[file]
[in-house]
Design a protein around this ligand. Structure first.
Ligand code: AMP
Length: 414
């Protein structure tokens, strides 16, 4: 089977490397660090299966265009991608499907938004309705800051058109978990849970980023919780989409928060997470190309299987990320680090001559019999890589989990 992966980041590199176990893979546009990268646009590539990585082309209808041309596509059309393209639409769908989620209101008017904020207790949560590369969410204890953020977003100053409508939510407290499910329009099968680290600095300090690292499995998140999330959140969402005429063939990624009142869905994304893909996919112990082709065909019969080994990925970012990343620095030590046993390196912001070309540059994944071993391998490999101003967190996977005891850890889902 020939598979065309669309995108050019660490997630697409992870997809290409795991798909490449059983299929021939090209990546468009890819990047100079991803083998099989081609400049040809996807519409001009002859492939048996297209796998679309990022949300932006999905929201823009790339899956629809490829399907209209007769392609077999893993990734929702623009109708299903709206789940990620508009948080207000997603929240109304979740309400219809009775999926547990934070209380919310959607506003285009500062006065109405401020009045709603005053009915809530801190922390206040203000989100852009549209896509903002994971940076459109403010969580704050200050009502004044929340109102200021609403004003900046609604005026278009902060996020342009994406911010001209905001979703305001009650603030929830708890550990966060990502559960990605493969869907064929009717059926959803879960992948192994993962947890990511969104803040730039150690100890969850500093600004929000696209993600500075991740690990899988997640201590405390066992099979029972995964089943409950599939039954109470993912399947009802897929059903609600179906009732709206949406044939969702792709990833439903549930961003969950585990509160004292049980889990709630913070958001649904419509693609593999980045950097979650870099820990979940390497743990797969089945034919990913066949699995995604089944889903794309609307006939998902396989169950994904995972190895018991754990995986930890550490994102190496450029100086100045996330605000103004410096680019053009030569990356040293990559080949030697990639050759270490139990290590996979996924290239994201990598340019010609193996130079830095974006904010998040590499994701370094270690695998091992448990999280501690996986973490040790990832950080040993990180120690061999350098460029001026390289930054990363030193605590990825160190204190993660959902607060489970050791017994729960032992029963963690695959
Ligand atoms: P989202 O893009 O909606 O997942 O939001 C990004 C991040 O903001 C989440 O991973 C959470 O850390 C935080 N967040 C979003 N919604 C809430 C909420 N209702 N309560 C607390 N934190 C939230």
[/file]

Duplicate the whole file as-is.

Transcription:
[in-house]
Design a protein around this ligand. Structure first.
Ligand code: AMP
Length: 414
């Protein structure tokens, strides 16, 4: 089977490397660090299966265009991608499907938004309705800051058109978990849970980023919780989409928060997470190309299987990320680090001559019999890589989990 992966980041590199176990893979546009990268646009590539990585082309209808041309596509059309393209639409769908989620209101008017904020207790949560590369969410204890953020977003100053409508939510407290499910329009099968680290600095300090690292499995998140999330959140969402005429063939990624009142869905994304893909996919112990082709065909019969080994990925970012990343620095030590046993390196912001070309540059994944071993391998490999101003967190996977005891850890889902 020939598979065309669309995108050019660490997630697409992870997809290409795991798909490449059983299929021939090209990546468009890819990047100079991803083998099989081609400049040809996807519409001009002859492939048996297209796998679309990022949300932006999905929201823009790339899956629809490829399907209209007769392609077999893993990734929702623009109708299903709206789940990620508009948080207000997603929240109304979740309400219809009775999926547990934070209380919310959607506003285009500062006065109405401020009045709603005053009915809530801190922390206040203000989100852009549209896509903002994971940076459109403010969580704050200050009502004044929340109102200021609403004003900046609604005026278009902060996020342009994406911010001209905001979703305001009650603030929830708890550990966060990502559960990605493969869907064929009717059926959803879960992948192994993962947890990511969104803040730039150690100890969850500093600004929000696209993600500075991740690990899988997640201590405390066992099979029972995964089943409950599939039954109470993912399947009802897929059903609600179906009732709206949406044939969702792709990833439903549930961003969950585990509160004292049980889990709630913070958001649904419509693609593999980045950097979650870099820990979940390497743990797969089945034919990913066949699995995604089944889903794309609307006939998902396989169950994904995972190895018991754990995986930890550490994102190496450029100086100045996330605000103004410096680019053009030569990356040293990559080949030697990639050759270490139990290590996979996924290239994201990598340019010609193996130079830095974006904010998040590499994701370094270690695998091992448990999280501690996986973490040790990832950080040993990180120690061999350098460029001026390289930054990363030193605590990825160190204190993660959902607060489970050791017994729960032992029963963690695959
Ligand atoms: P989202 O893009 O909606 O997942 O939001 C990004 C991040 O903001 C989440 O991973 C959470 O850390 C935080 N967040 C979003 N919604 C809430 C909420 N209702 N309560 C607390 N934190 C939230």